Observe that God Himself is both the Source of our justification and the One who justifies us (Rom. 8:33). The sentence against us as sinners and the declaration of our clearance as believers in Jesus both came from God’s own lips. Therefore, our justification is complete and authorative. No one can condemn us. But faith is necessary on our part because only believers are justified. In this sense, we are "justified by faith" (Rom. 5:1). We come under the benefits of Christ’s work only when we yield "the obedience of faith" to Him. He is "the Author of eternal salvation (only) to all those who obey Him" (Heb. 5:9). Faith is the link that connects us to Him and to the justifying merits of His blood.

In Rom. 5:18, we see justification from sin (the root) rather than from sins (the fruit, as in most other passages on justification). The one righteousness of the cross has its bearing "toward all unto justification-of-life" (marginal reading). To understand this passage, we must consider the whole passage (Rom. 5:12-21). By nature, all men are related to Adam as the head and source of their race. By grace, through Christ’s death and resurrection, all believers are related to Him as the Head and Source of that spiritual race to which they now belong; and, consequently, are judicially (legally) cleared from all the previous consequences of our life in Adam. This is a very wonderful thing which is too often overlooked.

Romans thus presents justification as the means for complete clearance from all offenses and from the condemnation which we deserved, as well as from all the condemnation attaching to our fallen Adamic nature since we, by God’s act, now stand in Christ risen from the dead. Blessed be God for such a clearance as this!

Sometimes you hear people speak of the righteousness of Christ being imputed to us. But no such idea is to be found in Scripture. We certainly do find the righteousness-of-Christ: that was absolutely perfect and thus He was qualified to be the "Lamb" of sacrifice on our behalf. But we are justified by His blood, not by His perfect life. He died for us but He didn’t keep the Law for us. If he had, we would only be standing in a legal righteousness before God – a righteousness that only goes to the length (and the blessing) of keeping the Law of Moses (Rom. 10:5).

However, the righteousness in which we do stand is "the righteousness of faith" (Rom. 10:6-9) which is connected, not with Christ on earth keeping the law, but rather with God raising Him from the dead after He had died for our sins.

Yet in the KJV, we read in Rom 4:3,6 that "God imputed righteousness apart from works" and that "it was imputed (counted) to him for righteousness." What do these verses mean? In Rom. 4, the words counted, imputed, and reckoned occur several times. They are all translations of one Greek word whose meaning is best expressed by the English word reckoned. "Abraham believed God and it was counted unto him for righteousness," God reckoned or held Abraham to be righteous in virtue of (because of) his faith. This little word "for" is a poor translation. It can mislead by making one think that faith is a substitute for righteousness – something that can be transformed into righteousness. A better translation is that "Abraham believed God and it was reckoned to him as righteousness."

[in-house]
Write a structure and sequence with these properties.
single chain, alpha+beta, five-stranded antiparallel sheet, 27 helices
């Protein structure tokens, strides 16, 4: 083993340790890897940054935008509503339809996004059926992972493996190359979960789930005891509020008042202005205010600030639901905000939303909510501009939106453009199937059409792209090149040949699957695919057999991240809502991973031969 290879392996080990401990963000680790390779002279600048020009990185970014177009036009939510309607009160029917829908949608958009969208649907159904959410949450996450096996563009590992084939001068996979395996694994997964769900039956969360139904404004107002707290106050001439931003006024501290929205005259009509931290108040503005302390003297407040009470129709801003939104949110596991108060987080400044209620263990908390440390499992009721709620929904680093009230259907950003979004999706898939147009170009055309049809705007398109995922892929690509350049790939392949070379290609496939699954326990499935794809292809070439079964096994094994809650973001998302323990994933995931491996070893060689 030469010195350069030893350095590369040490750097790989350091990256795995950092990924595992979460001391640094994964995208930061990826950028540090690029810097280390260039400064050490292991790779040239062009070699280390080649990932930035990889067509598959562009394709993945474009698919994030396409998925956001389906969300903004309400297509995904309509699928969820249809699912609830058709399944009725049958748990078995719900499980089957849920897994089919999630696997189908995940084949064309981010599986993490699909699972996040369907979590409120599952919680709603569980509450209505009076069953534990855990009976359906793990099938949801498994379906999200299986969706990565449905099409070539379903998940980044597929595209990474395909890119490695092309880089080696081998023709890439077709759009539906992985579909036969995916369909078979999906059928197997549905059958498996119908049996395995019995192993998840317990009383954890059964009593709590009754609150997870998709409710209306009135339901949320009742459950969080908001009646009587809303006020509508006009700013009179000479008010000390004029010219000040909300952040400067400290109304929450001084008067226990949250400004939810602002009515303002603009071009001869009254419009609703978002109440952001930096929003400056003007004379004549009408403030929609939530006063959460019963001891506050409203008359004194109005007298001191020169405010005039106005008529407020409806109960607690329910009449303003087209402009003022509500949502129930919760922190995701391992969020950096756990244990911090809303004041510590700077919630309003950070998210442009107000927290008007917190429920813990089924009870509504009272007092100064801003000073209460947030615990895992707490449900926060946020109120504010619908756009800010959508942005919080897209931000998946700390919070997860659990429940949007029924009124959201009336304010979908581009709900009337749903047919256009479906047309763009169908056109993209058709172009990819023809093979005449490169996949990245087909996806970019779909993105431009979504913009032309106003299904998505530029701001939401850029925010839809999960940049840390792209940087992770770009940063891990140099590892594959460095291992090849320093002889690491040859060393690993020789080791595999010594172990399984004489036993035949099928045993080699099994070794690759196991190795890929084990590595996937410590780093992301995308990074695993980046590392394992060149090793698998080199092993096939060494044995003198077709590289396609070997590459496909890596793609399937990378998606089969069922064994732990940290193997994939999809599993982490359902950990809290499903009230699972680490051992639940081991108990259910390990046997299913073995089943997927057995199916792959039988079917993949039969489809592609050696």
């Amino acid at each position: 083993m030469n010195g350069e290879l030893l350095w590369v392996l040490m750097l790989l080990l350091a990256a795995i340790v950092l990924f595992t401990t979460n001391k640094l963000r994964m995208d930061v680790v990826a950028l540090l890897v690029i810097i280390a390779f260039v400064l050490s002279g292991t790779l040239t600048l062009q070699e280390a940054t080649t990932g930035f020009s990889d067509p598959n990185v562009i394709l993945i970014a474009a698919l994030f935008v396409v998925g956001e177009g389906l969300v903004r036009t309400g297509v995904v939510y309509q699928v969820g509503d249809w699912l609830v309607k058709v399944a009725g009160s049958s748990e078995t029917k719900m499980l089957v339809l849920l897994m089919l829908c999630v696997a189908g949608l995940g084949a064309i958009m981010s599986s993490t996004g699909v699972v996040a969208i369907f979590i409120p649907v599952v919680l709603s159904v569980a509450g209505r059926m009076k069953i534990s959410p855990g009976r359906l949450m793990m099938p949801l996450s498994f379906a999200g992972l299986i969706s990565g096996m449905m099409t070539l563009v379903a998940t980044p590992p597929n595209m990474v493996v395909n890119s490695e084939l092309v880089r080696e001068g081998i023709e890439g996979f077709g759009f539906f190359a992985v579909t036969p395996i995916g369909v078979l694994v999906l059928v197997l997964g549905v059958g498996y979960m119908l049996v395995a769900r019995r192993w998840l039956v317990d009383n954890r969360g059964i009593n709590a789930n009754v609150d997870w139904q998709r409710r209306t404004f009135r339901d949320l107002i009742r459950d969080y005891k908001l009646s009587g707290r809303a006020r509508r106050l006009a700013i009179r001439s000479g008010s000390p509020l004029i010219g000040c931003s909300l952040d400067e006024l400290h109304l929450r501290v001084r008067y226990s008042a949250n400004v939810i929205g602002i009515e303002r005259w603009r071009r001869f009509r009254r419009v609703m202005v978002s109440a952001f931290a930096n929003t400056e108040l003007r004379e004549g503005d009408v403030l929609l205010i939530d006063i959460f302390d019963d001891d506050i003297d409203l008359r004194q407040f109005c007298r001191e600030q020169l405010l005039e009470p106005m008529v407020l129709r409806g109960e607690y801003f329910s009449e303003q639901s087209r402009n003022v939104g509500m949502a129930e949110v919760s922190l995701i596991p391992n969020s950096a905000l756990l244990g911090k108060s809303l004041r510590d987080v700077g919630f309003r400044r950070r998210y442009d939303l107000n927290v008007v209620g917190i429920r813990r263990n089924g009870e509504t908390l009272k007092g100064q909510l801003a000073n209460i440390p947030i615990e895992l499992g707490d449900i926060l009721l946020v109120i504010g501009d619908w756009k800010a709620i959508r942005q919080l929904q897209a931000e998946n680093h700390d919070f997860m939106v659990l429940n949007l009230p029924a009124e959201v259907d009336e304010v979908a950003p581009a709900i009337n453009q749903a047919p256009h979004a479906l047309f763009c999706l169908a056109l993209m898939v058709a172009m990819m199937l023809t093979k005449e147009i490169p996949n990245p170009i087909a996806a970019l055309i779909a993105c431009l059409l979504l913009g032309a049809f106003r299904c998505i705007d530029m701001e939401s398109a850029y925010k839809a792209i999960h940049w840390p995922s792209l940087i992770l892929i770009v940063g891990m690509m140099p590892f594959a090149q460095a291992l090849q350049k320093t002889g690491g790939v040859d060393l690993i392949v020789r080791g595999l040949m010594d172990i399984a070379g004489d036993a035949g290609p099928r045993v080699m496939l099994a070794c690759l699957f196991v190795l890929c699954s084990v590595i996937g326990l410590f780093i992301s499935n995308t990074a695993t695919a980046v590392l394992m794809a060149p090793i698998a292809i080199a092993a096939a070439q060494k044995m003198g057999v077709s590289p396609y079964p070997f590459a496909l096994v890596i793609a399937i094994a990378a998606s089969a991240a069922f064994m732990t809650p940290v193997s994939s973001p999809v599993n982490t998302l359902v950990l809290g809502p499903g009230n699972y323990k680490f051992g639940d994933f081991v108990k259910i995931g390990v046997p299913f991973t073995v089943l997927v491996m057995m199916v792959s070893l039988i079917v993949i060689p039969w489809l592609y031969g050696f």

The argument presented in Rom. 4 is that, whether Abraham of old or believers in Christ today, the only way that we can be reckoned righteous before God the Great Judge is by faith without works – not even by all the great and perfect works of Christ as He lived on this earth for about 33 years.

Rom. 4:25 says that Jesus "was delivered for our offenses and was raised again for our justification." Now, some people incorrectly take this verse to mean that just as Jesus died because we were sinners, so He was raised again because we had been justified in His death. The uninspired chapter divisions get us into trouble here because chapter 5 begins right in the middle of a paragraph. We should keep right on reading; "He was raised again for our justification. Therefore, being justified by faith, we have peace with God." The incorrect interpretation makes our justification an accomplished fact when Jesus died and His resurrection to be the consequence of it. But this entirely eliminates our faith from the question and ignores Rom. 5:1. The truth is that our Lord’s death was in view of our sins and is the basis for our justification. His resurrection was first, God’s declaration that He Who bore the weight of God’s judgment against sin is forever clear of it and secondly, it was in view of the clearance of all who believe in Him.

Thus, our Lord was delivered to death with our sins in view and was raised again with our justification in view. But the justification of each individual person only becomes effective as (and when) they believe.